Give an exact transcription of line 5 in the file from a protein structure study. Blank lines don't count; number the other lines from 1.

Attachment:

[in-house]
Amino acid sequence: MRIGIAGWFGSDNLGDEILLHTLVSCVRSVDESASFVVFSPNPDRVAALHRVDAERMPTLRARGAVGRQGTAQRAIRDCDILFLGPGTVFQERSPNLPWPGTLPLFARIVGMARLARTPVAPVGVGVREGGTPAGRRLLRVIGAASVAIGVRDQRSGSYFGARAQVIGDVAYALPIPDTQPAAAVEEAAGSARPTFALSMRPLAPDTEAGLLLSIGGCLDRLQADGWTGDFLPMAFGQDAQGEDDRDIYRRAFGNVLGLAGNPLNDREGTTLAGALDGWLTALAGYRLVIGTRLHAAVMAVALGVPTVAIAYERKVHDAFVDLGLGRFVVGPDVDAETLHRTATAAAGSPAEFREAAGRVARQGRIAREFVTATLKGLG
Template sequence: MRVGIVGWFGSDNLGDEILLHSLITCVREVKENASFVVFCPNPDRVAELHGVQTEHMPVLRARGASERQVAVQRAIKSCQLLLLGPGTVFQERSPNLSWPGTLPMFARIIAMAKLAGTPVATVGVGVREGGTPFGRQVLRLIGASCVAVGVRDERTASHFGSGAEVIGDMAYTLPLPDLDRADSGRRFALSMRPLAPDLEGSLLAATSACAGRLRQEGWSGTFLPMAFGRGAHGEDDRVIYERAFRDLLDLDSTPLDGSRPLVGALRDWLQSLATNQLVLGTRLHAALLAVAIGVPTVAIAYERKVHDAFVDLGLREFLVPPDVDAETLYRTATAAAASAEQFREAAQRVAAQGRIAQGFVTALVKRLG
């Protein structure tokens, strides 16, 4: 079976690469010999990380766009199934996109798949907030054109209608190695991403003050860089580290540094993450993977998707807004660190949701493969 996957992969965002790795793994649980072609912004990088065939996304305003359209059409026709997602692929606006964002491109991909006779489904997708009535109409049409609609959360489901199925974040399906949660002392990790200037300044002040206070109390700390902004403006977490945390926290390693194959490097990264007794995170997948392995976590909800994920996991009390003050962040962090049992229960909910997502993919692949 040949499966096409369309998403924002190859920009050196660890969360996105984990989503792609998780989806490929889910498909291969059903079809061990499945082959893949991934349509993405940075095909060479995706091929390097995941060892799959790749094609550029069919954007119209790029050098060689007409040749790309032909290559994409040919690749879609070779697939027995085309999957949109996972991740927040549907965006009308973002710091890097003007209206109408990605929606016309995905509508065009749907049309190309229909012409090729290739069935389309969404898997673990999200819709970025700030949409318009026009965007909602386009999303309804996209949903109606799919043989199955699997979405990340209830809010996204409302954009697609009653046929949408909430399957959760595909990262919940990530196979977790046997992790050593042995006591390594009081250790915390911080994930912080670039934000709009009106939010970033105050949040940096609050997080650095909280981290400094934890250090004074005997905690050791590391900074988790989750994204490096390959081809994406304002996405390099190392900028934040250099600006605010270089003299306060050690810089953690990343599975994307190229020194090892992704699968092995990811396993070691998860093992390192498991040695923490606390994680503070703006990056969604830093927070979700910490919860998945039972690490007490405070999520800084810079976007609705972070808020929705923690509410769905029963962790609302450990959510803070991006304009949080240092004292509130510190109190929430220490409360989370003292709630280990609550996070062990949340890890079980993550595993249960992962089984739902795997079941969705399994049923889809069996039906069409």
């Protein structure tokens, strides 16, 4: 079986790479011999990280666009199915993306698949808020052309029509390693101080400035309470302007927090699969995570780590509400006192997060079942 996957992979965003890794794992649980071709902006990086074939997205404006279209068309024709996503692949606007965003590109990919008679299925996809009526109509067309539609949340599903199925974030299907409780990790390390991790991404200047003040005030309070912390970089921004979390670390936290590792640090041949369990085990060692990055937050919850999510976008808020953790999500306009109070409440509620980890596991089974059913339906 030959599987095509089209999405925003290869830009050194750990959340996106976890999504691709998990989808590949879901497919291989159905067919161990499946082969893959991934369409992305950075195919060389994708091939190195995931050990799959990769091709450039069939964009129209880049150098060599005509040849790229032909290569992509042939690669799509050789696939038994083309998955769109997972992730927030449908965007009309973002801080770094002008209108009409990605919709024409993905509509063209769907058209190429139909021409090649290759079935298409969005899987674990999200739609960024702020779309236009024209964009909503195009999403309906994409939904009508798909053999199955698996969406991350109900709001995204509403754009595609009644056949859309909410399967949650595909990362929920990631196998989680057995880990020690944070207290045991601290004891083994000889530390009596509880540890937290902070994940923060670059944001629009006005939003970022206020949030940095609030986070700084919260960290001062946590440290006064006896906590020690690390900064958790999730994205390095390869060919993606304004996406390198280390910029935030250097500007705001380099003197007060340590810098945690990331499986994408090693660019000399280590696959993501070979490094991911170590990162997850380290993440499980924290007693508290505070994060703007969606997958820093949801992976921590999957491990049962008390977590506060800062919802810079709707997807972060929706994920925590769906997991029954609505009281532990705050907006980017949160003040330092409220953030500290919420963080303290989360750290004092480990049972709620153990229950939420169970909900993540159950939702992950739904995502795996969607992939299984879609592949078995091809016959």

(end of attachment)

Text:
């Protein structure tokens, strides 16, 4: 079986790479011999990280666009199915993306698949808020052309029509390693101080400035309470302007927090699969995570780590509400006192997060079942 996957992979965003890794794992649980071709902006990086074939997205404006279209068309024709996503692949606007965003590109990919008679299925996809009526109509067309539609949340599903199925974030299907409780990790390390991790991404200047003040005030309070912390970089921004979390670390936290590792640090041949369990085990060692990055937050919850999510976008808020953790999500306009109070409440509620980890596991089974059913339906 030959599987095509089209999405925003290869830009050194750990959340996106976890999504691709998990989808590949879901497919291989159905067919161990499946082969893959991934369409992305950075195919060389994708091939190195995931050990799959990769091709450039069939964009129209880049150098060599005509040849790229032909290569992509042939690669799509050789696939038994083309998955769109997972992730927030449908965007009309973002801080770094002008209108009409990605919709024409993905509509063209769907058209190429139909021409090649290759079935298409969005899987674990999200739609960024702020779309236009024209964009909503195009999403309906994409939904009508798909053999199955698996969406991350109900709001995204509403754009595609009644056949859309909410399967949650595909990362929920990631196998989680057995880990020690944070207290045991601290004891083994000889530390009596509880540890937290902070994940923060670059944001629009006005939003970022206020949030940095609030986070700084919260960290001062946590440290006064006896906590020690690390900064958790999730994205390095390869060919993606304004996406390198280390910029935030250097500007705001380099003197007060340590810098945690990331499986994408090693660019000399280590696959993501070979490094991911170590990162997850380290993440499980924290007693508290505070994060703007969606997958820093949801992976921590999957491990049962008390977590506060800062919802810079709707997807972060929706994920925590769906997991029954609505009281532990705050907006980017949160003040330092409220953030500290919420963080303290989360750290004092480990049972709620153990229950939420169970909900993540159950939702992950739904995502795996969607992939299984879609592949078995091809016959």